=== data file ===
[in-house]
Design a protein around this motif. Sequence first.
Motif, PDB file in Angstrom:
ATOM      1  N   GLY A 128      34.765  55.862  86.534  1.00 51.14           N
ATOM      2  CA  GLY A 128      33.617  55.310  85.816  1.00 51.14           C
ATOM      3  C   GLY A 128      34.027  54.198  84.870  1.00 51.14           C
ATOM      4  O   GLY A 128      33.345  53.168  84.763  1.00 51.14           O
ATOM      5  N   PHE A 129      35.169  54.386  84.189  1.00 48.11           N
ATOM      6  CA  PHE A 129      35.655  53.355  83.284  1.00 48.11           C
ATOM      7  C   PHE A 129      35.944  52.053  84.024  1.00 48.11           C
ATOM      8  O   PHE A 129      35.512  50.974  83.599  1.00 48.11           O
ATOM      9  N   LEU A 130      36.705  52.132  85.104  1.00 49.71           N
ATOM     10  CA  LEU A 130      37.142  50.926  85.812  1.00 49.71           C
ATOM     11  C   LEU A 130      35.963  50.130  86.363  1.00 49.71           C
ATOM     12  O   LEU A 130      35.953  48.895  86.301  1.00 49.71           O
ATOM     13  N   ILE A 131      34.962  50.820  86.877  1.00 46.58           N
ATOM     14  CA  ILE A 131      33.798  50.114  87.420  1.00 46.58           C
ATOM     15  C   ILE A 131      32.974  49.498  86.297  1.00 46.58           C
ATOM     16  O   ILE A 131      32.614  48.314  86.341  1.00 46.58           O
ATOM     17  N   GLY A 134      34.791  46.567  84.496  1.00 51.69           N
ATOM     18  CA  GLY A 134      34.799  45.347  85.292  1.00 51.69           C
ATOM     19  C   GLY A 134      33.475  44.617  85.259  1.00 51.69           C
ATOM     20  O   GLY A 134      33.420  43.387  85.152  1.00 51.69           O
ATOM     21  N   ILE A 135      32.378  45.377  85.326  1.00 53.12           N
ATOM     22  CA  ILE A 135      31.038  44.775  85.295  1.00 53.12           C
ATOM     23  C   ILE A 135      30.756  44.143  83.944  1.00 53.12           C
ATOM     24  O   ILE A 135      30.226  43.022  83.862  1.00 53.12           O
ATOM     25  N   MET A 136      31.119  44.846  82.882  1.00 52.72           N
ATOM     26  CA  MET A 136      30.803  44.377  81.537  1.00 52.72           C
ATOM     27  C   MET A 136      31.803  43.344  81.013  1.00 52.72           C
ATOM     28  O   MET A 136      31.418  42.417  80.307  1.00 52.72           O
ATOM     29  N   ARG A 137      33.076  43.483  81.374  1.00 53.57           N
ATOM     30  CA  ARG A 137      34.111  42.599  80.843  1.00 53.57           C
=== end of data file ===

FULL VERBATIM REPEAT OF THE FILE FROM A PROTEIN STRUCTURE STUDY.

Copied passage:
[in-house]
Design a protein around this motif. Sequence first.
Motif, PDB file in Angstrom:
ATOM      1  N   GLY A 128      34.765  55.862  86.534  1.00 51.14           N
ATOM      2  CA  GLY A 128      33.617  55.310  85.816  1.00 51.14           C
ATOM      3  C   GLY A 128      34.027  54.198  84.870  1.00 51.14           C
ATOM      4  O   GLY A 128      33.345  53.168  84.763  1.00 51.14           O
ATOM      5  N   PHE A 129      35.169  54.386  84.189  1.00 48.11           N
ATOM      6  CA  PHE A 129      35.655  53.355  83.284  1.00 48.11           C
ATOM      7  C   PHE A 129      35.944  52.053  84.024  1.00 48.11           C
ATOM      8  O   PHE A 129      35.512  50.974  83.599  1.00 48.11           O
ATOM      9  N   LEU A 130      36.705  52.132  85.104  1.00 49.71           N
ATOM     10  CA  LEU A 130      37.142  50.926  85.812  1.00 49.71           C
ATOM     11  C   LEU A 130      35.963  50.130  86.363  1.00 49.71           C
ATOM     12  O   LEU A 130      35.953  48.895  86.301  1.00 49.71           O
ATOM     13  N   ILE A 131      34.962  50.820  86.877  1.00 46.58           N
ATOM     14  CA  ILE A 131      33.798  50.114  87.420  1.00 46.58           C
ATOM     15  C   ILE A 131      32.974  49.498  86.297  1.00 46.58           C
ATOM     16  O   ILE A 131      32.614  48.314  86.341  1.00 46.58           O
ATOM     17  N   GLY A 134      34.791  46.567  84.496  1.00 51.69           N
ATOM     18  CA  GLY A 134      34.799  45.347  85.292  1.00 51.69           C
ATOM     19  C   GLY A 134      33.475  44.617  85.259  1.00 51.69           C
ATOM     20  O   GLY A 134      33.420  43.387  85.152  1.00 51.69           O
ATOM     21  N   ILE A 135      32.378  45.377  85.326  1.00 53.12           N
ATOM     22  CA  ILE A 135      31.038  44.775  85.295  1.00 53.12           C
ATOM     23  C   ILE A 135      30.756  44.143  83.944  1.00 53.12           C
ATOM     24  O   ILE A 135      30.226  43.022  83.862  1.00 53.12           O
ATOM     25  N   MET A 136      31.119  44.846  82.882  1.00 52.72           N
ATOM     26  CA  MET A 136      30.803  44.377  81.537  1.00 52.72           C
ATOM     27  C   MET A 136      31.803  43.344  81.013  1.00 52.72           C
ATOM     28  O   MET A 136      31.418  42.417  80.307  1.00 52.72           O
ATOM     29  N   ARG A 137      33.076  43.483  81.374  1.00 53.57           N
ATOM     30  CA  ARG A 137      34.111  42.599  80.843  1.00 53.57           C